Charles Thaxton, writing for the Awl:
So to what extent does the way a site looks impact what a site is? This question might have to be re-legislated again. What seems certain is that fewer discrete pages means fewer discrete voices, and further ensures that the internet becomes primarily a vehicle for reaction (and all the ugliness of a purely reactionary culture) rather than creation.
Nostalgia for the way the web looked is really a sublimated nostalgia for how it felt, for a time in almost everyone’s life when discovery and openness and joy were all more operable. As much as we want to preserve the early internet in amber, we want to hold on to the feeling of the early internet even more.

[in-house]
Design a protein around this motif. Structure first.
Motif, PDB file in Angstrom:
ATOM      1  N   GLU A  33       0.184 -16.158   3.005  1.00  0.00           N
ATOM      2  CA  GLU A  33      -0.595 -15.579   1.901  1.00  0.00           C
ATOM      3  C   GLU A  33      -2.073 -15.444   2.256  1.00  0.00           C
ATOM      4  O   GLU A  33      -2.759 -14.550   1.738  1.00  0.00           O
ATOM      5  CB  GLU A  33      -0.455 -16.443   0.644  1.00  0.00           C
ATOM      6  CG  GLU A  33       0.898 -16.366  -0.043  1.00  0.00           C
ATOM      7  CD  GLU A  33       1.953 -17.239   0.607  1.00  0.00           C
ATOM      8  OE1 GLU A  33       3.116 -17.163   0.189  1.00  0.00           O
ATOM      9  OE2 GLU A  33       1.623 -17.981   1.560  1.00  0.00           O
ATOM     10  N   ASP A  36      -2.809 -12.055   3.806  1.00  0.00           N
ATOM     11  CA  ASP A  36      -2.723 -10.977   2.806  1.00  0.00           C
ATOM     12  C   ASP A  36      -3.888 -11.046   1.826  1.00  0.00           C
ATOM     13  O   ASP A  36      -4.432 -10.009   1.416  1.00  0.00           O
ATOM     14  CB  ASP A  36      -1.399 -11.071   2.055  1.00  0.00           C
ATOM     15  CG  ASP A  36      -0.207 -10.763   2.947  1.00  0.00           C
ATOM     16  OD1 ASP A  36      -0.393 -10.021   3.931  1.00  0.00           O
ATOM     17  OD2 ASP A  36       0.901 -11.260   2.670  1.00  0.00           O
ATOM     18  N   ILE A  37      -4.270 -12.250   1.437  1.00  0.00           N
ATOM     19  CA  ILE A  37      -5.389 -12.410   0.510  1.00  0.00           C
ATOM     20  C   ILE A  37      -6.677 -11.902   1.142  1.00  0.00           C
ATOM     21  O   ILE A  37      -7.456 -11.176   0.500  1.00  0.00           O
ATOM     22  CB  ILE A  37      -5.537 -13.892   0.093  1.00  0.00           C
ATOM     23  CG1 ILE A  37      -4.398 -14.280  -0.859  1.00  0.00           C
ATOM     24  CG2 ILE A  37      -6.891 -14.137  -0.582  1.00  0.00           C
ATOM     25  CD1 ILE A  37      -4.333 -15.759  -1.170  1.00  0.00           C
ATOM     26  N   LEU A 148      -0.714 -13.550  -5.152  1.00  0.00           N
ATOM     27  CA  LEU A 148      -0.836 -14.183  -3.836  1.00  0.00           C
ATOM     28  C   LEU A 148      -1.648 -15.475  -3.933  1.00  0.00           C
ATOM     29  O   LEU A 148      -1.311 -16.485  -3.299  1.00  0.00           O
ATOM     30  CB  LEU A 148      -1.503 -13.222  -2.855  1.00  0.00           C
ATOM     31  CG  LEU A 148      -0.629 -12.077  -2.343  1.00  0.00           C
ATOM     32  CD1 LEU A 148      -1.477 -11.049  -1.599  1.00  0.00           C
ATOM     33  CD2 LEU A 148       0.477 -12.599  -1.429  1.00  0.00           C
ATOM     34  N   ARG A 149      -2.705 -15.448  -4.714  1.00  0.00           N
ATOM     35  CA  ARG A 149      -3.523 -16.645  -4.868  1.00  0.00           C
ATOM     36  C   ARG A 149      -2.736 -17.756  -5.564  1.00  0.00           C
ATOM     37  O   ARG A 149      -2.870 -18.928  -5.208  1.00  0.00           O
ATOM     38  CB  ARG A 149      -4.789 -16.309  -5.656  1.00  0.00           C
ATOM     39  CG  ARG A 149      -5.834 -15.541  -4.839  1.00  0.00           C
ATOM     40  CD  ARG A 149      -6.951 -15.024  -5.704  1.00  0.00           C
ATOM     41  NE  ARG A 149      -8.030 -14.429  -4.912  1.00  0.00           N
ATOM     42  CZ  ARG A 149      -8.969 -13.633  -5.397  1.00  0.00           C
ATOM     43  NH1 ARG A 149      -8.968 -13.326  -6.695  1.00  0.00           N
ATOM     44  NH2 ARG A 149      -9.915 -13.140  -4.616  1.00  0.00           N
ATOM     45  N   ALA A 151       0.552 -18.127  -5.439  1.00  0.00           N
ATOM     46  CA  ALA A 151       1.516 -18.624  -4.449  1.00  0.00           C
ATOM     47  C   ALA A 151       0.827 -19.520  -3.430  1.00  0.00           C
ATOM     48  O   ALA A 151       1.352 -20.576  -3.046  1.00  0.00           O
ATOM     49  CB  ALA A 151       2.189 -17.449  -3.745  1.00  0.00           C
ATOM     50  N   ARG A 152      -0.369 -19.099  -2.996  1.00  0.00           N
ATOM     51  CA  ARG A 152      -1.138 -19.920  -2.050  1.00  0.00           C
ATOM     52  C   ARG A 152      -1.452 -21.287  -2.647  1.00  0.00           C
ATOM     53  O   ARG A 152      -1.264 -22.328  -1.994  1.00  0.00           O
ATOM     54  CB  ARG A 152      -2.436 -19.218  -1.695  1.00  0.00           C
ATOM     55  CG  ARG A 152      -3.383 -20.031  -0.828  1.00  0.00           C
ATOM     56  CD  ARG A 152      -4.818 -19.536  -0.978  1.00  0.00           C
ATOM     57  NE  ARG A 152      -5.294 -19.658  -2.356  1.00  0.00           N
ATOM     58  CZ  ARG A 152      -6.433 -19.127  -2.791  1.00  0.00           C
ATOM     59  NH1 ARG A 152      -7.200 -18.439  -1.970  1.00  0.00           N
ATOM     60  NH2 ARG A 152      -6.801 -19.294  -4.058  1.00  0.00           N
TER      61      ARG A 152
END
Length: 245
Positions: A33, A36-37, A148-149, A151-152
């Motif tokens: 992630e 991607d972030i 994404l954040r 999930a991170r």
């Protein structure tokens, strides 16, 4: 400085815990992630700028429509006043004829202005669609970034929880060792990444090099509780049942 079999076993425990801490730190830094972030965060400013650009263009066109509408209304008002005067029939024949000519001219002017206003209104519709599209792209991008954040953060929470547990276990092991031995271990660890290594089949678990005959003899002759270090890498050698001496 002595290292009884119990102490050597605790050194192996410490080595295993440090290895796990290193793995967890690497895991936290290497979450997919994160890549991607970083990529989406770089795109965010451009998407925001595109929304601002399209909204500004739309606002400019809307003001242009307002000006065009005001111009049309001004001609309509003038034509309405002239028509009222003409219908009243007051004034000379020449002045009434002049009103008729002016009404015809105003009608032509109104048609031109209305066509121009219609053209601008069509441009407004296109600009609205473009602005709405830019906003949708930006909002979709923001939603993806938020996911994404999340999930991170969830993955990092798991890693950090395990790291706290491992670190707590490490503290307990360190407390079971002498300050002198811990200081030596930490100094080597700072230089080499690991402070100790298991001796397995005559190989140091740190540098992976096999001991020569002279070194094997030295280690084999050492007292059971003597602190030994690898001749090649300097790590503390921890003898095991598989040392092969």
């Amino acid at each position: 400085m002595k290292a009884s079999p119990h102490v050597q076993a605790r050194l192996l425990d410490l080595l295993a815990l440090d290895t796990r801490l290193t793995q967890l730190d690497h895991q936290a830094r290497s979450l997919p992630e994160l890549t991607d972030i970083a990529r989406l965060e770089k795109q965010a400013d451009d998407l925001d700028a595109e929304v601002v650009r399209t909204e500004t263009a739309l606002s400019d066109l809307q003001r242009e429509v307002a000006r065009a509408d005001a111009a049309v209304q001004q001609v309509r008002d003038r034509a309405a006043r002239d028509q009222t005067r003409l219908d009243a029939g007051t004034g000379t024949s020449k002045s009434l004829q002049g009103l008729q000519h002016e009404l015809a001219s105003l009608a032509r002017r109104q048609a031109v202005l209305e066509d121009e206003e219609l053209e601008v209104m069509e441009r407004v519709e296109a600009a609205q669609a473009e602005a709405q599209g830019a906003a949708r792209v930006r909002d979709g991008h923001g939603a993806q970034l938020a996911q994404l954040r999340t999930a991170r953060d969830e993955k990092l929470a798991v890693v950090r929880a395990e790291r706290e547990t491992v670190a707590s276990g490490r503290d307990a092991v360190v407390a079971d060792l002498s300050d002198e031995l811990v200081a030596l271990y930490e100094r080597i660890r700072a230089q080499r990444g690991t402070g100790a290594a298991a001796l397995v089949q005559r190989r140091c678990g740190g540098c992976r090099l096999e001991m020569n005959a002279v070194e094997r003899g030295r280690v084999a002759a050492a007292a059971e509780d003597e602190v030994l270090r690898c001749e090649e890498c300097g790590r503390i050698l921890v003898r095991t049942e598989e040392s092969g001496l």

It fascinates me that there are Tumblr blogs belonging to teenagers who never experienced the early, lo-fi web, but seek to emulate its style. They’re also partially responsible for the resurgence of animated GIFs over the past few years. I wonder if they are trying to create their interpretation of a romanticized ideal.